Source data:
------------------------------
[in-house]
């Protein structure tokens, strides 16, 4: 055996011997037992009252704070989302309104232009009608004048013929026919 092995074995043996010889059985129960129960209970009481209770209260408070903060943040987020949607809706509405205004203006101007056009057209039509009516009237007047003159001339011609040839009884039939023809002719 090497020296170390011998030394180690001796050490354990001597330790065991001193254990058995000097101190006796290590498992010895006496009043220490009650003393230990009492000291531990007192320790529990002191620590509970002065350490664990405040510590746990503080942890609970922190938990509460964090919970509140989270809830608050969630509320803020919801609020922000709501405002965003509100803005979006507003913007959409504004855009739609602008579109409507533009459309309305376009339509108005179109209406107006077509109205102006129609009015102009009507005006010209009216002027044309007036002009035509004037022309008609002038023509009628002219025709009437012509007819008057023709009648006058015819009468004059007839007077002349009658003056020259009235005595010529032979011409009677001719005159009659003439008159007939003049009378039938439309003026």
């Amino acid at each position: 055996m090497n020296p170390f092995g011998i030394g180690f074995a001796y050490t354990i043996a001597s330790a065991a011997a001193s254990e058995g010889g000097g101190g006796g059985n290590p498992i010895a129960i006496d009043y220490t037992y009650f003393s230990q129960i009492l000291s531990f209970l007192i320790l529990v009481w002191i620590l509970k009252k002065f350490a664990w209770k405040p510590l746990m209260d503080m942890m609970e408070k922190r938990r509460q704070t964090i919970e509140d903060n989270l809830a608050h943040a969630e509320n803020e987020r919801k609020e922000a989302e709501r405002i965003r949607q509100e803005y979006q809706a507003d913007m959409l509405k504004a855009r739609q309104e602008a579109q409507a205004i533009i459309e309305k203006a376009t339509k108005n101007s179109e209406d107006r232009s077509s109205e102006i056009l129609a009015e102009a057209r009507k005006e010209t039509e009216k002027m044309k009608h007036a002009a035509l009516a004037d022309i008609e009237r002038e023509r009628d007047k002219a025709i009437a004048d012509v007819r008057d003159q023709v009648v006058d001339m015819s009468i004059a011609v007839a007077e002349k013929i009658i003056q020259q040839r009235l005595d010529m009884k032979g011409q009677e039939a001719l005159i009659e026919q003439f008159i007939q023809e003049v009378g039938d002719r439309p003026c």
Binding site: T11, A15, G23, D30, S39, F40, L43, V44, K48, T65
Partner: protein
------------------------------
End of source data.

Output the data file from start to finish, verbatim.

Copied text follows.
[in-house]
């Protein structure tokens, strides 16, 4: 055996011997037992009252704070989302309104232009009608004048013929026919 092995074995043996010889059985129960129960209970009481209770209260408070903060943040987020949607809706509405205004203006101007056009057209039509009516009237007047003159001339011609040839009884039939023809002719 090497020296170390011998030394180690001796050490354990001597330790065991001193254990058995000097101190006796290590498992010895006496009043220490009650003393230990009492000291531990007192320790529990002191620590509970002065350490664990405040510590746990503080942890609970922190938990509460964090919970509140989270809830608050969630509320803020919801609020922000709501405002965003509100803005979006507003913007959409504004855009739609602008579109409507533009459309309305376009339509108005179109209406107006077509109205102006129609009015102009009507005006010209009216002027044309007036002009035509004037022309008609002038023509009628002219025709009437012509007819008057023709009648006058015819009468004059007839007077002349009658003056020259009235005595010529032979011409009677001719005159009659003439008159007939003049009378039938439309003026």
């Amino acid at each position: 055996m090497n020296p170390f092995g011998i030394g180690f074995a001796y050490t354990i043996a001597s330790a065991a011997a001193s254990e058995g010889g000097g101190g006796g059985n290590p498992i010895a129960i006496d009043y220490t037992y009650f003393s230990q129960i009492l000291s531990f209970l007192i320790l529990v009481w002191i620590l509970k009252k002065f350490a664990w209770k405040p510590l746990m209260d503080m942890m609970e408070k922190r938990r509460q704070t964090i919970e509140d903060n989270l809830a608050h943040a969630e509320n803020e987020r919801k609020e922000a989302e709501r405002i965003r949607q509100e803005y979006q809706a507003d913007m959409l509405k504004a855009r739609q309104e602008a579109q409507a205004i533009i459309e309305k203006a376009t339509k108005n101007s179109e209406d107006r232009s077509s109205e102006i056009l129609a009015e102009a057209r009507k005006e010209t039509e009216k002027m044309k009608h007036a002009a035509l009516a004037d022309i008609e009237r002038e023509r009628d007047k002219a025709i009437a004048d012509v007819r008057d003159q023709v009648v006058d001339m015819s009468i004059a011609v007839a007077e002349k013929i009658i003056q020259q040839r009235l005595d010529m009884k032979g011409q009677e039939a001719l005159i009659e026919q003439f008159i007939q023809e003049v009378g039938d002719r439309p003026c």
Binding site: T11, A15, G23, D30, S39, F40, L43, V44, K48, T65
Partner: protein